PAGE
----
Sunday, 5 March 2017

Women inventors

A challenge thrown out by the reactionary Polish member of the European Parliament (after he made a speech during a debate on the gender pay gap including the observation that "women must earn less than men because they are weaker, smaller and less intelligent") was "name one thing a woman has invented".

To be sure, women famous in the fields of science and technology were mostly researchers or facilitators. In my own field, Charles Babbage had the brilliant idea of the analytical engine, but it was Ada Lovelace who documented his inventions. The first standard business computer language, COBOL, would probably not have gained acceptance without the work of the "sewing circle" which included Grace Murray Hopper and Jean Sammet.

However, there have been inventions by women. On the domestic front, there is the Anywayup Cup, devised by the inspirational Mandy Haberman. Before personal computers made editing printed documents easy, corrected texts had to be retyped until Tippex came along, invented by Mike Nesmith's mum. Going back in time, there is a good case to be made for Eleanor Coade, though there is no historical record of how Coade Stone came to be invented.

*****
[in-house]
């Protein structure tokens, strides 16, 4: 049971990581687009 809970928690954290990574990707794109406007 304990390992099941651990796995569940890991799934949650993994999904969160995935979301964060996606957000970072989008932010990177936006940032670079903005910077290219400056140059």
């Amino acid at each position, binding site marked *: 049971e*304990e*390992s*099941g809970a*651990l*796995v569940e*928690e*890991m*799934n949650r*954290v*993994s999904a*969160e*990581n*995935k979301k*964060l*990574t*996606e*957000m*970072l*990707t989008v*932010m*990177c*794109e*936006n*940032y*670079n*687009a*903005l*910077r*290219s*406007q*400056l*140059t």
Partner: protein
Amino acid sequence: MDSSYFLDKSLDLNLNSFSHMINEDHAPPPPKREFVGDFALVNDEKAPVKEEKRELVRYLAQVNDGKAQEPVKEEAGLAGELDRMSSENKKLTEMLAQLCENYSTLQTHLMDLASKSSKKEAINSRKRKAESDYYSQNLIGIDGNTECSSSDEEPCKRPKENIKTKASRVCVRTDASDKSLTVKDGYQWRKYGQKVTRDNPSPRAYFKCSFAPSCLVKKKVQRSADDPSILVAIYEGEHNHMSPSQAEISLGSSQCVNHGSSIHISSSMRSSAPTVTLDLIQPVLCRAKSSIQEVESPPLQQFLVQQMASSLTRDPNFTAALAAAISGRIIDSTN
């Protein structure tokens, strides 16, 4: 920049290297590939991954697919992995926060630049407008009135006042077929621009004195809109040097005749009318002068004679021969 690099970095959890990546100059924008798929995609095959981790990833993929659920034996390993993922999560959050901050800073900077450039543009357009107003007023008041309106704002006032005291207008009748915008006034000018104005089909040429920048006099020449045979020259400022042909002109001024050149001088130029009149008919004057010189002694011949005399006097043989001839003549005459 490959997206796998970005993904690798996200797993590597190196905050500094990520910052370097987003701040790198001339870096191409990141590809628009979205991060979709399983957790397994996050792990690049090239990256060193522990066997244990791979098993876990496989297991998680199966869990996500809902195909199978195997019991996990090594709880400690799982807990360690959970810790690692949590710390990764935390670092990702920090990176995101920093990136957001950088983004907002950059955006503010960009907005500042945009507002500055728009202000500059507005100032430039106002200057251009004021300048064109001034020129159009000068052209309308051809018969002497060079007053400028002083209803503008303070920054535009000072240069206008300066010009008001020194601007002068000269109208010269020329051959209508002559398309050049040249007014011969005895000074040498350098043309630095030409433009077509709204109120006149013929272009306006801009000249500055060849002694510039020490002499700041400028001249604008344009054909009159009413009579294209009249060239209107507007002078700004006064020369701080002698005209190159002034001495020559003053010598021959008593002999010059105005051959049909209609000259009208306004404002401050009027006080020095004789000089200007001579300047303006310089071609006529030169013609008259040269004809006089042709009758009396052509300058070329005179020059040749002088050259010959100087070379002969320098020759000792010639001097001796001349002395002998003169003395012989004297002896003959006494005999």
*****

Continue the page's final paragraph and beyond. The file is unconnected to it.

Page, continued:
Those were just memories, off the cuff, before any serious research. There must be other examples. The comments field is open (subject to the usual proviso that it is scanned by this blogger for any objectionable material before publication).

Later: EU supports female inventors with an annual Women Innovators prize. The 2017 finalists are introduced here.

1 comment:

Frank Little said...

A posting on Facebook reminds me that Hedy Lamarr was co-inventor of "frequency hopping",, essential to secure communications today.